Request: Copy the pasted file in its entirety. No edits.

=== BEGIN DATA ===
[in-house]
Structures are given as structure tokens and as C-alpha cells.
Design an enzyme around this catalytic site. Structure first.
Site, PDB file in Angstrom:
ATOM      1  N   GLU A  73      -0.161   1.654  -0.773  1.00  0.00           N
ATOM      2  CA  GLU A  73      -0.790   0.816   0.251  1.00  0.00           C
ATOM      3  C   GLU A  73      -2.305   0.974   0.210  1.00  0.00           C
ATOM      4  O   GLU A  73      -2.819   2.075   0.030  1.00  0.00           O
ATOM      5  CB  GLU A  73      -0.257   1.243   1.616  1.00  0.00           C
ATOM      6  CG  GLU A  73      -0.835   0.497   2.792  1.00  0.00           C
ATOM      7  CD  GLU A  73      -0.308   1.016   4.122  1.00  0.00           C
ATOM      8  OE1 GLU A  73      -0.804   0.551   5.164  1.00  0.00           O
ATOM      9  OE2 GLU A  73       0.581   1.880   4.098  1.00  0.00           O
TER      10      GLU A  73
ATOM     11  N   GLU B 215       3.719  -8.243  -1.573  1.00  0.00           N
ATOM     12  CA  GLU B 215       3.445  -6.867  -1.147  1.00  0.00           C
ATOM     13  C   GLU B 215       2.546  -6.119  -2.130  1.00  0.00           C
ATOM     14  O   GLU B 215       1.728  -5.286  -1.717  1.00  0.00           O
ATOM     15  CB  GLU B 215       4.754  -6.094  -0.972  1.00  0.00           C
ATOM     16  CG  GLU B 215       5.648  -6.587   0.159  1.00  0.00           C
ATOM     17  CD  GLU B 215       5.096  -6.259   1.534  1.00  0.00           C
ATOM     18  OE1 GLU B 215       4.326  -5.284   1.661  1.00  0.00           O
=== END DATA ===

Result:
[in-house]
Structures are given as structure tokens and as C-alpha cells.
Design an enzyme around this catalytic site. Structure first.
Site, PDB file in Angstrom:
ATOM      1  N   GLU A  73      -0.161   1.654  -0.773  1.00  0.00           N
ATOM      2  CA  GLU A  73      -0.790   0.816   0.251  1.00  0.00           C
ATOM      3  C   GLU A  73      -2.305   0.974   0.210  1.00  0.00           C
ATOM      4  O   GLU A  73      -2.819   2.075   0.030  1.00  0.00           O
ATOM      5  CB  GLU A  73      -0.257   1.243   1.616  1.00  0.00           C
ATOM      6  CG  GLU A  73      -0.835   0.497   2.792  1.00  0.00           C
ATOM      7  CD  GLU A  73      -0.308   1.016   4.122  1.00  0.00           C
ATOM      8  OE1 GLU A  73      -0.804   0.551   5.164  1.00  0.00           O
ATOM      9  OE2 GLU A  73       0.581   1.880   4.098  1.00  0.00           O
TER      10      GLU A  73
ATOM     11  N   GLU B 215       3.719  -8.243  -1.573  1.00  0.00           N
ATOM     12  CA  GLU B 215       3.445  -6.867  -1.147  1.00  0.00           C
ATOM     13  C   GLU B 215       2.546  -6.119  -2.130  1.00  0.00           C
ATOM     14  O   GLU B 215       1.728  -5.286  -1.717  1.00  0.00           O
ATOM     15  CB  GLU B 215       4.754  -6.094  -0.972  1.00  0.00           C
ATOM     16  CG  GLU B 215       5.648  -6.587   0.159  1.00  0.00           C
ATOM     17  CD  GLU B 215       5.096  -6.259   1.534  1.00  0.00           C
ATOM     18  OE1 GLU B 215       4.326  -5.284   1.661  1.00  0.00           O